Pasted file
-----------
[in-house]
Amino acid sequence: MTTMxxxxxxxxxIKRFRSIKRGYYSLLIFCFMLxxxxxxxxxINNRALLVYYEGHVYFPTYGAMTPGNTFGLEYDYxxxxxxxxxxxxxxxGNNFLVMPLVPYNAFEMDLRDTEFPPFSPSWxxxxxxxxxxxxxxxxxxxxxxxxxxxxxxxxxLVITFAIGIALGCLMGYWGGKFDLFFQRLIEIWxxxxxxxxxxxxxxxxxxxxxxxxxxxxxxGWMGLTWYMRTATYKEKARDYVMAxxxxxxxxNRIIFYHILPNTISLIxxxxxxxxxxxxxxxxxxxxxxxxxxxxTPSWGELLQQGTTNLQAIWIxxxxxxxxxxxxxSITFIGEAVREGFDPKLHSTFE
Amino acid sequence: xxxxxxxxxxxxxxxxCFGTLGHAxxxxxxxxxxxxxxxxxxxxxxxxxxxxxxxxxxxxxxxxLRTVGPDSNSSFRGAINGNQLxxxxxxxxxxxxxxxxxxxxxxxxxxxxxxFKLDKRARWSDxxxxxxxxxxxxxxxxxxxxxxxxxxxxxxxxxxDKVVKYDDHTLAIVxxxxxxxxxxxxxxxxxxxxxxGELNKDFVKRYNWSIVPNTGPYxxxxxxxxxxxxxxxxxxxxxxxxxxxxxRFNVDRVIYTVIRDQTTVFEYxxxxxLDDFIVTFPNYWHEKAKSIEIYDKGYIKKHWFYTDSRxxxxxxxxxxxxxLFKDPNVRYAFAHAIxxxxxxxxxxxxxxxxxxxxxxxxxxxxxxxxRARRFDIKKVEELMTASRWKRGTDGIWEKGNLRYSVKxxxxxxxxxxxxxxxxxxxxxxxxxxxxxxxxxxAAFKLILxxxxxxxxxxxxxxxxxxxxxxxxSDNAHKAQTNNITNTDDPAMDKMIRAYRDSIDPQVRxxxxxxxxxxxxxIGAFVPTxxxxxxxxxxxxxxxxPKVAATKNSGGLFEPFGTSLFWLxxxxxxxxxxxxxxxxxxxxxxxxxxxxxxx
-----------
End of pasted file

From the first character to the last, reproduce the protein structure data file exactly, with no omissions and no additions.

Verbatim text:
[in-house]
Amino acid sequence: MTTMxxxxxxxxxIKRFRSIKRGYYSLLIFCFMLxxxxxxxxxINNRALLVYYEGHVYFPTYGAMTPGNTFGLEYDYxxxxxxxxxxxxxxxGNNFLVMPLVPYNAFEMDLRDTEFPPFSPSWxxxxxxxxxxxxxxxxxxxxxxxxxxxxxxxxxLVITFAIGIALGCLMGYWGGKFDLFFQRLIEIWxxxxxxxxxxxxxxxxxxxxxxxxxxxxxxGWMGLTWYMRTATYKEKARDYVMAxxxxxxxxNRIIFYHILPNTISLIxxxxxxxxxxxxxxxxxxxxxxxxxxxxTPSWGELLQQGTTNLQAIWIxxxxxxxxxxxxxSITFIGEAVREGFDPKLHSTFE
Amino acid sequence: xxxxxxxxxxxxxxxxCFGTLGHAxxxxxxxxxxxxxxxxxxxxxxxxxxxxxxxxxxxxxxxxLRTVGPDSNSSFRGAINGNQLxxxxxxxxxxxxxxxxxxxxxxxxxxxxxxFKLDKRARWSDxxxxxxxxxxxxxxxxxxxxxxxxxxxxxxxxxxDKVVKYDDHTLAIVxxxxxxxxxxxxxxxxxxxxxxGELNKDFVKRYNWSIVPNTGPYxxxxxxxxxxxxxxxxxxxxxxxxxxxxxRFNVDRVIYTVIRDQTTVFEYxxxxxLDDFIVTFPNYWHEKAKSIEIYDKGYIKKHWFYTDSRxxxxxxxxxxxxxLFKDPNVRYAFAHAIxxxxxxxxxxxxxxxxxxxxxxxxxxxxxxxxRARRFDIKKVEELMTASRWKRGTDGIWEKGNLRYSVKxxxxxxxxxxxxxxxxxxxxxxxxxxxxxxxxxxAAFKLILxxxxxxxxxxxxxxxxxxxxxxxxSDNAHKAQTNNITNTDDPAMDKMIRAYRDSIDPQVRxxxxxxxxxxxxxIGAFVPTxxxxxxxxxxxxxxxxPKVAATKNSGGLFEPFGTSLFWLxxxxxxxxxxxxxxxxxxxxxxxxxxxxxxx